In the space of a few years social media platforms such as Twitter and Facebook have come to occupy an important place in social science research. Their astonishing uptake around the world, and the relatively open, structured nature of the data they produce, offer the tantalizing possibility of studying a wide variety of different social research questions in a way that previously would have been impossible. Already a number of interesting studies have used data from such platforms to shed new light on diverse concepts such as information diffusion, political behaviour and mobilization in social movements.
Despite this promise, the techniques by which such data can be accessed and used remain outside the skill set of many social researchers, whilst the limitations and difficulties of using such data are poorly understood. A variety of new theoretical, methodological, ethical, legal and practical questions face researchers who want to use social media data, for which existing undergraduate and master’s programs are unlikely to prepare them.
This day long workshop proposes to address some of these questions. It is designed specifically for PhD researchers who would like to use social media data in their research but aren’t sure where to start; though researchers already using such data are also welcome to attend.
Topics to be Covered
There are two main outcomes from the workshop, one theoretical, and one practical. In particular, those taking it should leave with:
An understanding of the theoretical, methodological, ethical and legal challenges involved in using social media data in social science research. We will, for example, tackle questions such as biases in user base, sample sizes, notions of informed consent and the legal intricacies of storing personal data created by private companies.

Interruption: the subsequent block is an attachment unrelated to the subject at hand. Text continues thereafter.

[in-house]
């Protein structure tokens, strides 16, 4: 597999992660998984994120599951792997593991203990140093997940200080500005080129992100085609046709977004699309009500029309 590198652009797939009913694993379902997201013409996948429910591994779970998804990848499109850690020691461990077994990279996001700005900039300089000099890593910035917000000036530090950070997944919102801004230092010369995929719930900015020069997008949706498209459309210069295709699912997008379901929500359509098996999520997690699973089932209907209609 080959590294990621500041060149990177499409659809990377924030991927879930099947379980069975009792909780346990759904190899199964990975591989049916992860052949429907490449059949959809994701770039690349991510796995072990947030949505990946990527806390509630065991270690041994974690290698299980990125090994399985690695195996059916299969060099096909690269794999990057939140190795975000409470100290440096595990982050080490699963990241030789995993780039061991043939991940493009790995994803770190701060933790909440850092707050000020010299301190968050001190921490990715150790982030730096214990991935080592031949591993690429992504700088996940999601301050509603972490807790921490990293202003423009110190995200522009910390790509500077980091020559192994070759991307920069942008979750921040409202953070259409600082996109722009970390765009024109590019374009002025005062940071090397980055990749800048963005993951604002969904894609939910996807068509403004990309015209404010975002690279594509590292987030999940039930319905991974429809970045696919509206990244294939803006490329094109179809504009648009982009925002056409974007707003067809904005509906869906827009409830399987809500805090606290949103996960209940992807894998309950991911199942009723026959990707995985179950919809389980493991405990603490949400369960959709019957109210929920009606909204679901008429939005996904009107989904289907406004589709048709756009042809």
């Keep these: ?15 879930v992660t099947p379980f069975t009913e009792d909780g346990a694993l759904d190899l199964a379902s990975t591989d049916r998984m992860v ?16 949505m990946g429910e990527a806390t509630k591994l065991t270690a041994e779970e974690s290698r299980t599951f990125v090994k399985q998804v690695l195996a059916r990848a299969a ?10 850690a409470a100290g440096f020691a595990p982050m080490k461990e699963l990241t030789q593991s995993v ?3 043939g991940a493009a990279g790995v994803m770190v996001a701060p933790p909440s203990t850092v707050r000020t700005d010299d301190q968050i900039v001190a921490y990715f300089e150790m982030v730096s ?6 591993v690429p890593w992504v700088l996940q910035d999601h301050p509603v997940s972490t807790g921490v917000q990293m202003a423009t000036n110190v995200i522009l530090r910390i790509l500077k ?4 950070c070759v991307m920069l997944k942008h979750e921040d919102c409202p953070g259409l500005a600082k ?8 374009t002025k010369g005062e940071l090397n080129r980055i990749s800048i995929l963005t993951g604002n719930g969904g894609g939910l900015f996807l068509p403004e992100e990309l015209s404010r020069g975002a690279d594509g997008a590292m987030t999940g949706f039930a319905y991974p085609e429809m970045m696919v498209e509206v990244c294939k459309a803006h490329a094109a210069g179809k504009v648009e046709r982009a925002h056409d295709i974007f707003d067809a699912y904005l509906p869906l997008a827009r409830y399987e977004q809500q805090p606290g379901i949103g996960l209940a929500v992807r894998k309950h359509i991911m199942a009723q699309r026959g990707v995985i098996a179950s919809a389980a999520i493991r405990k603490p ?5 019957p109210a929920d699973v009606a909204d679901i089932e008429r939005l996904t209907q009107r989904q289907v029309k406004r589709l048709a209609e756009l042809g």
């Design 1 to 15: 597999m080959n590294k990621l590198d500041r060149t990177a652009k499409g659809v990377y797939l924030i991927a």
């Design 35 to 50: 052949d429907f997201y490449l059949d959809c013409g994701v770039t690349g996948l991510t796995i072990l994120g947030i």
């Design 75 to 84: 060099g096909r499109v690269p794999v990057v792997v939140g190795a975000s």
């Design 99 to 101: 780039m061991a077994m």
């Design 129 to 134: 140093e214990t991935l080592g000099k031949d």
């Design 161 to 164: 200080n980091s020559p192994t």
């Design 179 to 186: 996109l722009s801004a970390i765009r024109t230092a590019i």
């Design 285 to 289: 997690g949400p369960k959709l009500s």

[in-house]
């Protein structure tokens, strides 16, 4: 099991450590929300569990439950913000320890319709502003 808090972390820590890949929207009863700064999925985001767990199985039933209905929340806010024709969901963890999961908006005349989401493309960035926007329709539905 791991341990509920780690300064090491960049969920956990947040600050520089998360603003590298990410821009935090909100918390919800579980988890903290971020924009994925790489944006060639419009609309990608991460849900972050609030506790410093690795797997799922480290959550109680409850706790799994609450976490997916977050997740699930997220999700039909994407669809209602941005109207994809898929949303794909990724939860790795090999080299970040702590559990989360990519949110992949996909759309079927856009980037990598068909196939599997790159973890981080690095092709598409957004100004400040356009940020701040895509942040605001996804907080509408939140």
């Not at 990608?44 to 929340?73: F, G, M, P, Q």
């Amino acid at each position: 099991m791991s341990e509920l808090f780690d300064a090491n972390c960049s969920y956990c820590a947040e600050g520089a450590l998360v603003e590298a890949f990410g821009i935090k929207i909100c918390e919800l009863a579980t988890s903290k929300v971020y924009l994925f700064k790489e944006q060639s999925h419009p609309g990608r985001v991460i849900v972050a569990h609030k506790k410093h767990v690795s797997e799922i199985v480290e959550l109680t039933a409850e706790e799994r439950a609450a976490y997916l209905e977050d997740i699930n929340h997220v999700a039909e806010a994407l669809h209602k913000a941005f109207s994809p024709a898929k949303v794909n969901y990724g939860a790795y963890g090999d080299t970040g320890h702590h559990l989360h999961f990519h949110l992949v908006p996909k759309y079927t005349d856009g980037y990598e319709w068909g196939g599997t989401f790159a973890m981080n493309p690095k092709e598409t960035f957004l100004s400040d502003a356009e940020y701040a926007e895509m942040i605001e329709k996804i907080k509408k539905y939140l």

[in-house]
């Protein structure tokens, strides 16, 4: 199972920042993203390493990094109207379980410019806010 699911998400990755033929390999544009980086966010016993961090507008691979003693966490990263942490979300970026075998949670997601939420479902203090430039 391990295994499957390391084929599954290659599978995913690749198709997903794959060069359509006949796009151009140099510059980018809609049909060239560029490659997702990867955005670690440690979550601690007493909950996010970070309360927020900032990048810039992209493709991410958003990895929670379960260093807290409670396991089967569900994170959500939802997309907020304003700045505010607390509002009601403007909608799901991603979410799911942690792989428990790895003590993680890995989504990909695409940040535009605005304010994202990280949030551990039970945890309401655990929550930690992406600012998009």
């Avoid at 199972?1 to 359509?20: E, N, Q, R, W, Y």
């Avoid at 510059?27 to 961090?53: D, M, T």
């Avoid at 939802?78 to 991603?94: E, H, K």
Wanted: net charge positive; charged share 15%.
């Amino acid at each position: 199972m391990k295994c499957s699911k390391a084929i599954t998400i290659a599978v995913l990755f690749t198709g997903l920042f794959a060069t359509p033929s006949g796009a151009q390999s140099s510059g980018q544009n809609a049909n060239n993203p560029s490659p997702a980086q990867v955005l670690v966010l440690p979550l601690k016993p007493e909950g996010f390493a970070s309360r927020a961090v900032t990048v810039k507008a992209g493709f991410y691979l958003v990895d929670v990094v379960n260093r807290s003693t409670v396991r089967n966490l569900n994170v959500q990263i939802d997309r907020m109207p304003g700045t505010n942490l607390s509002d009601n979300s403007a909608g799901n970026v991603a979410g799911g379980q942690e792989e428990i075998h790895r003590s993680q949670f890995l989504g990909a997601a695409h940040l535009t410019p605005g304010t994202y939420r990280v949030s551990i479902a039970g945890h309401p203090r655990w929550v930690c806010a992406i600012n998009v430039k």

An idea of how to start collecting social media data using the Python programming language. This is a short session and complete beginners should not expect to become experts in computer programming straight away. Nevertheless researchers should leave with a basic programming environment installed on their laptop and an idea of how to develop these skills further if they want to.
Who Should Take This Course?
This workshop is designed specifically for “beginners” in the field of social media data: people who perhaps have an idea for how they might want to use such data in their research, but aren’t sure of how to go about collecting it. People already collecting such data may be interested in the parts of the workshop discussing theoretical, methodological, legal and ethical challenges involved in its use, and are welcome to only attend that part of the session if they wish (there is no upper limit to how many people can attend the first part of the workshop, but please get in touch with the workshop organiser if you would like to only attend this first part).
Researchers are required to bring a laptop computer to the session so they can try out the practical programming examples in class.
The workshop is divided into three parts:
A lecture and discussion giving an overview of social media data in the social sciences, highlighting some of the possibilities, and discussing some of the theoretical, methodological, ethical and legal challenges
A practical workshop session where researchers will be taught how to start to collect and store social media data through an API in the Python programming language
An optional afternoon lab session where we can continue the work begun in session 2, try out some extra exercises, or discuss specific issues researchers may have.
These readings may provide some food for thought on the subject but are not a requirement for the workshop:
Savage, M., and Burrows, R., (2007), The Coming Crisis of Empirical Sociology. Sociology, 41(5): 885.
Lazer, D., Pentland, A., Adamic, L. et al. (2009), Life in the network: the coming age of computational social science. Science, 323(5915), 721–723.
Bruns, Axel and Stieglitz, Stefan, Towards more systematic Twitter Analysis: metrics for tweeting activities, International Journal of Social Research Methodology. 16(2):91-108.
Morstatter, F. J., et al., (2013) Is the Sample Good Enough? Comparing Data from Twitter’s Streaming API with Twitter’s Firehose. ICWSM ‘13. AAAI Press.
This is the best practical text book in the area at the moment. Again, not a requirement, but may be useful for people who wish to keep learning after the course: Matthew Russell, Mining the Social Web, Second Edition. 2013. Pasadena, CA: O’Reilly Media.
About the speakers